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Reactive oxygen species in cancer

Reactive oxygen species in cancer AbstractElevated rates of reactive oxygen species (ROS) have been detected in almost all cancers, where they promote many aspects of tumour development and progression. However, tumour cells also express increased levels of antioxidant proteins to detoxify from ROS, suggesting that a delicate balance of intracellular ROS levels is required for cancer cell function. Further, the radical generated, the location of its generation, as well as the local concentration is important for the cellular functions of ROS in cancer. A challenge for novel therapeutic strategies will be the fine tuning of intracellular ROS signalling to effectively deprive cells from ROS-induced tumour promoting events, towards tipping the balance to ROS-induced apoptotic signalling. Alternatively, therapeutic antioxidants may prevent early events in tumour development, where ROS are important. However, to effectively target cancer cells specific ROS-sensing signalling pathways that mediate the diverse stress-regulated cellular functions need to be identified. This review discusses the generation of ROS within tumour cells, their detoxification, their cellular effects, as well as the major signalling cascades they utilize, but also provides an outlook on their modulation in therapeutics. http://www.deepdyve.com/assets/images/DeepDyve-Logo-lg.png Free Radical Research Taylor & Francis

Reactive oxygen species in cancer

Free Radical Research , Volume 44 (5): 18 – Jan 1, 2010
18 pages

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References (312)

Publisher
Taylor & Francis
Copyright
© Informa UK Ltd
ISSN
1029-2470
eISSN
1071-5762
DOI
10.3109/10715761003667554
pmid
20370557
Publisher site
See Article on Publisher Site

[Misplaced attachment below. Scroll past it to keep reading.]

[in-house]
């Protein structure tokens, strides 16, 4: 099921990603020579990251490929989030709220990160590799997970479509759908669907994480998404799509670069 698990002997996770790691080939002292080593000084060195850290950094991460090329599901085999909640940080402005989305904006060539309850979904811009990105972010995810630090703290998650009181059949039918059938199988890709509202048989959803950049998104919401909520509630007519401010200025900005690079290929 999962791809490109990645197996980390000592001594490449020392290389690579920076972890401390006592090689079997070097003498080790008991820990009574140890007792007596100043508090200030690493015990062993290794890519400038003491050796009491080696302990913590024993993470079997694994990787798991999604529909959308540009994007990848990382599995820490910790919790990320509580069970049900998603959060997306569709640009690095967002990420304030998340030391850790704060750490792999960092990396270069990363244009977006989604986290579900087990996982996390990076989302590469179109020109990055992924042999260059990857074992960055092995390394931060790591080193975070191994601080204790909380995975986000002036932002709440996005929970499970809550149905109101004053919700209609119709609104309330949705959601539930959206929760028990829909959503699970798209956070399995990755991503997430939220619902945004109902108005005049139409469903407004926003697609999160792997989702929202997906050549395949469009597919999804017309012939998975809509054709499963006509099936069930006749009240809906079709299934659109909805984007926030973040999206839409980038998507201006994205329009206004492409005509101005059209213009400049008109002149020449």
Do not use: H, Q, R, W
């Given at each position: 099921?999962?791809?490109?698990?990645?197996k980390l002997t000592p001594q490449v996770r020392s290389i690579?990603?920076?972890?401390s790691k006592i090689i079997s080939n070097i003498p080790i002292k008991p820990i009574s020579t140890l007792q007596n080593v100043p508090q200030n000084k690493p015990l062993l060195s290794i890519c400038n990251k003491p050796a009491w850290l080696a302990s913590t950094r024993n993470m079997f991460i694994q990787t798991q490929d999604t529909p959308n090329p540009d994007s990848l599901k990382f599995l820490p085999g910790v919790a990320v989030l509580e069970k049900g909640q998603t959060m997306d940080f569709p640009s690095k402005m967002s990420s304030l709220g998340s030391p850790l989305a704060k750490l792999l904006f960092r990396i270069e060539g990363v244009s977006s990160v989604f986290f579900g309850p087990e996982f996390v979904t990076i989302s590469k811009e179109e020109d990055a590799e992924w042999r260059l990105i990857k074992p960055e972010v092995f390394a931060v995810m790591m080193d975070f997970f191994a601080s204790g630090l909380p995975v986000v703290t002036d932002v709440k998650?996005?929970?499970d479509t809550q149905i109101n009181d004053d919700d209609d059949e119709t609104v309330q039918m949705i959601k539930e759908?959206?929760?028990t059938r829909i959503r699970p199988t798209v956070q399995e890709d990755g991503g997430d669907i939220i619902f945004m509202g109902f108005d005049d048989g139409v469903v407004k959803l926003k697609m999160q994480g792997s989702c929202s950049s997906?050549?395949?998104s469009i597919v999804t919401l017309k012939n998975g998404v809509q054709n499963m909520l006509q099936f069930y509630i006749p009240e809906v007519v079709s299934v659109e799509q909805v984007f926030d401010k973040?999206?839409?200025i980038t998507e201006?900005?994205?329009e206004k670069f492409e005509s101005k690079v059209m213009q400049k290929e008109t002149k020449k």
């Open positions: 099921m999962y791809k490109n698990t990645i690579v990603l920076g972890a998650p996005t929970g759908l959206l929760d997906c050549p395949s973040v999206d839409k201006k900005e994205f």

Abstract

AbstractElevated rates of reactive oxygen species (ROS) have been detected in almost all cancers, where they promote many aspects of tumour development and progression. However, tumour cells also express increased levels of antioxidant proteins to detoxify from ROS, suggesting that a delicate balance of intracellular ROS levels is required for cancer cell function. Further, the radical generated, the location of its generation, as well as the local concentration is important for the cellular functions of ROS in cancer. A challenge for novel therapeutic strategies will be the fine tuning of intracellular ROS signalling to effectively deprive cells from ROS-induced tumour promoting events, towards tipping the balance to ROS-induced apoptotic signalling. Alternatively, therapeutic antioxidants may prevent early events in tumour development, where ROS are important. However, to effectively target cancer cells specific ROS-sensing signalling pathways that mediate the diverse stress-regulated cellular functions need to be identified. This review discusses the generation of ROS within tumour cells, their detoxification, their cellular effects, as well as the major signalling cascades they utilize, but also provides an outlook on their modulation in therapeutics.

Journal

Free Radical ResearchTaylor & Francis

Published: Jan 1, 2010

Keywords: Oxidative stress; reactive oxygen species; cancer; signal transduction

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